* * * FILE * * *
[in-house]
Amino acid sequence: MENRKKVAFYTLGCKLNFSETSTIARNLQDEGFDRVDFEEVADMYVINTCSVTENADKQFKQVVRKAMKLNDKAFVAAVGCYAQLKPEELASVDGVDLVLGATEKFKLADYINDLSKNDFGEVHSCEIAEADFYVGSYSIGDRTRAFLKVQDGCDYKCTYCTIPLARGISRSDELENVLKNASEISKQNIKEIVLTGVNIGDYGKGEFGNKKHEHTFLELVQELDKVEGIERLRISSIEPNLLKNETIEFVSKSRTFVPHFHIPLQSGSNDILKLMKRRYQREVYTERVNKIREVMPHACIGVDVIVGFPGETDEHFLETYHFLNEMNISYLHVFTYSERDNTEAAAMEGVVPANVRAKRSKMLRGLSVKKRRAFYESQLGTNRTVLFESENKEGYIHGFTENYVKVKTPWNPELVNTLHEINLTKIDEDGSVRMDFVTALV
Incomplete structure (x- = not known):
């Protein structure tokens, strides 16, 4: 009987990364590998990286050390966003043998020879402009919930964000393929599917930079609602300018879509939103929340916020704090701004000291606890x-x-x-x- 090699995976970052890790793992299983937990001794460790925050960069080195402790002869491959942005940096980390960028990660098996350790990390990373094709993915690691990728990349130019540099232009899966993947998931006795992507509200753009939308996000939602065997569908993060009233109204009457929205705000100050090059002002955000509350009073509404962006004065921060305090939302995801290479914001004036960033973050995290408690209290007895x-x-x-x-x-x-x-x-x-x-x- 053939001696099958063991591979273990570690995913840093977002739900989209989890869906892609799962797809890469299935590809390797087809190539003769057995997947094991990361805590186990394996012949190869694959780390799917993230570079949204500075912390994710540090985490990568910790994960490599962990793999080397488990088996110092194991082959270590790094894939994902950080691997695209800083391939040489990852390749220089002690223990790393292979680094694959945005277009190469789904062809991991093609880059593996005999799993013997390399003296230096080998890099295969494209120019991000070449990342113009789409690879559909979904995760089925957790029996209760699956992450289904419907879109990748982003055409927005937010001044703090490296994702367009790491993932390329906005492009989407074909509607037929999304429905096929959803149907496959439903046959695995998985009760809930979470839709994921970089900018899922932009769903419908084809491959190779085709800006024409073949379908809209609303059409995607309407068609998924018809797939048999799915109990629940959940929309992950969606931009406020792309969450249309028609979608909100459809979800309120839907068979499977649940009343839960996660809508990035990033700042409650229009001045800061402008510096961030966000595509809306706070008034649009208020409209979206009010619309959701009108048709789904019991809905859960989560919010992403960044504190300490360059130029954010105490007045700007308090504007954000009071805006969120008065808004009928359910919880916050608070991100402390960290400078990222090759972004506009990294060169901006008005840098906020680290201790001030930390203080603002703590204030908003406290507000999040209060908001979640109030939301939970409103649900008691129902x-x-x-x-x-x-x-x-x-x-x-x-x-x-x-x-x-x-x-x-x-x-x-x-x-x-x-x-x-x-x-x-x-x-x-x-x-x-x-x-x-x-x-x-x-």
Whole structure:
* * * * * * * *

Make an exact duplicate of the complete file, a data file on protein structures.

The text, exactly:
[in-house]
Amino acid sequence: MENRKKVAFYTLGCKLNFSETSTIARNLQDEGFDRVDFEEVADMYVINTCSVTENADKQFKQVVRKAMKLNDKAFVAAVGCYAQLKPEELASVDGVDLVLGATEKFKLADYINDLSKNDFGEVHSCEIAEADFYVGSYSIGDRTRAFLKVQDGCDYKCTYCTIPLARGISRSDELENVLKNASEISKQNIKEIVLTGVNIGDYGKGEFGNKKHEHTFLELVQELDKVEGIERLRISSIEPNLLKNETIEFVSKSRTFVPHFHIPLQSGSNDILKLMKRRYQREVYTERVNKIREVMPHACIGVDVIVGFPGETDEHFLETYHFLNEMNISYLHVFTYSERDNTEAAAMEGVVPANVRAKRSKMLRGLSVKKRRAFYESQLGTNRTVLFESENKEGYIHGFTENYVKVKTPWNPELVNTLHEINLTKIDEDGSVRMDFVTALV
Incomplete structure (x- = not known):
């Protein structure tokens, strides 16, 4: 009987990364590998990286050390966003043998020879402009919930964000393929599917930079609602300018879509939103929340916020704090701004000291606890x-x-x-x- 090699995976970052890790793992299983937990001794460790925050960069080195402790002869491959942005940096980390960028990660098996350790990390990373094709993915690691990728990349130019540099232009899966993947998931006795992507509200753009939308996000939602065997569908993060009233109204009457929205705000100050090059002002955000509350009073509404962006004065921060305090939302995801290479914001004036960033973050995290408690209290007895x-x-x-x-x-x-x-x-x-x-x- 053939001696099958063991591979273990570690995913840093977002739900989209989890869906892609799962797809890469299935590809390797087809190539003769057995997947094991990361805590186990394996012949190869694959780390799917993230570079949204500075912390994710540090985490990568910790994960490599962990793999080397488990088996110092194991082959270590790094894939994902950080691997695209800083391939040489990852390749220089002690223990790393292979680094694959945005277009190469789904062809991991093609880059593996005999799993013997390399003296230096080998890099295969494209120019991000070449990342113009789409690879559909979904995760089925957790029996209760699956992450289904419907879109990748982003055409927005937010001044703090490296994702367009790491993932390329906005492009989407074909509607037929999304429905096929959803149907496959439903046959695995998985009760809930979470839709994921970089900018899922932009769903419908084809491959190779085709800006024409073949379908809209609303059409995607309407068609998924018809797939048999799915109990629940959940929309992950969606931009406020792309969450249309028609979608909100459809979800309120839907068979499977649940009343839960996660809508990035990033700042409650229009001045800061402008510096961030966000595509809306706070008034649009208020409209979206009010619309959701009108048709789904019991809905859960989560919010992403960044504190300490360059130029954010105490007045700007308090504007954000009071805006969120008065808004009928359910919880916050608070991100402390960290400078990222090759972004506009990294060169901006008005840098906020680290201790001030930390203080603002703590204030908003406290507000999040209060908001979640109030939301939970409103649900008691129902x-x-x-x-x-x-x-x-x-x-x-x-x-x-x-x-x-x-x-x-x-x-x-x-x-x-x-x-x-x-x-x-x-x-x-x-x-x-x-x-x-x-x-x-x-």
Whole structure: